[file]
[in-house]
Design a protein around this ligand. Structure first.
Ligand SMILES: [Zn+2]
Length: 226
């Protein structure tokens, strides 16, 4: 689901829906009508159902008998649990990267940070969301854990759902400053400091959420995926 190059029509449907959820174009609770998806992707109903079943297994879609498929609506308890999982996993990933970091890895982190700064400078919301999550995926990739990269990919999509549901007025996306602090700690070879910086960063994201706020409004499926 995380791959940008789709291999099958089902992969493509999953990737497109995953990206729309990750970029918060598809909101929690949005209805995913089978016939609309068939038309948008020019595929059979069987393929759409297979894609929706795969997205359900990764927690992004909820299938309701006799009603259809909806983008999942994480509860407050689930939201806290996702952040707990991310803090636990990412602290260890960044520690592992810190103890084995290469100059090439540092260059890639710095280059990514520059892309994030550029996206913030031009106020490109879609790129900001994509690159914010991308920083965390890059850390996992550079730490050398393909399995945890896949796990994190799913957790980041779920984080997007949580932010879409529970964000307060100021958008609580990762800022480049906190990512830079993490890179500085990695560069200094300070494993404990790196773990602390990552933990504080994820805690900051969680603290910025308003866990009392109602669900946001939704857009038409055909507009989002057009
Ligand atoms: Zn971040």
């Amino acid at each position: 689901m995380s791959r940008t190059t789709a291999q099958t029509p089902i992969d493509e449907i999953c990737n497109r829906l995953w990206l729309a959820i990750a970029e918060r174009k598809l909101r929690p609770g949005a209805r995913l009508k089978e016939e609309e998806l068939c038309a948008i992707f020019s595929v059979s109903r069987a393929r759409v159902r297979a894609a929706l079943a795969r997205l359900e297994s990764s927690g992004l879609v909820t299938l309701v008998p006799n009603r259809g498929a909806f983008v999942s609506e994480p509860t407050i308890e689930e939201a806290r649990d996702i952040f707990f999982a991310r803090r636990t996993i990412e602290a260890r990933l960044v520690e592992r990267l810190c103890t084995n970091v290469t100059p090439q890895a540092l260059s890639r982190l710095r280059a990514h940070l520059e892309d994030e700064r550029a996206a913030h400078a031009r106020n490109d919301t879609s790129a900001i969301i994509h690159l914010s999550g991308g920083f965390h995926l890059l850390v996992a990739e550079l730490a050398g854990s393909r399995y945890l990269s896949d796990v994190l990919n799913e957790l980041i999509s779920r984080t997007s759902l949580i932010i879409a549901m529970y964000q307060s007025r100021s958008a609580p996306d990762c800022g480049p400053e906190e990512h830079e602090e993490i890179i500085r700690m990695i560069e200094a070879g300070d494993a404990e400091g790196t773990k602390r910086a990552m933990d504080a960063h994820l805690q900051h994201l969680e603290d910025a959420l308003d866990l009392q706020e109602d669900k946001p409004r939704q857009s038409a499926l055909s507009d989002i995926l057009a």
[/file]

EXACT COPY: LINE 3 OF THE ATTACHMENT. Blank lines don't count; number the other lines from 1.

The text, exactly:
Ligand SMILES: [Zn+2]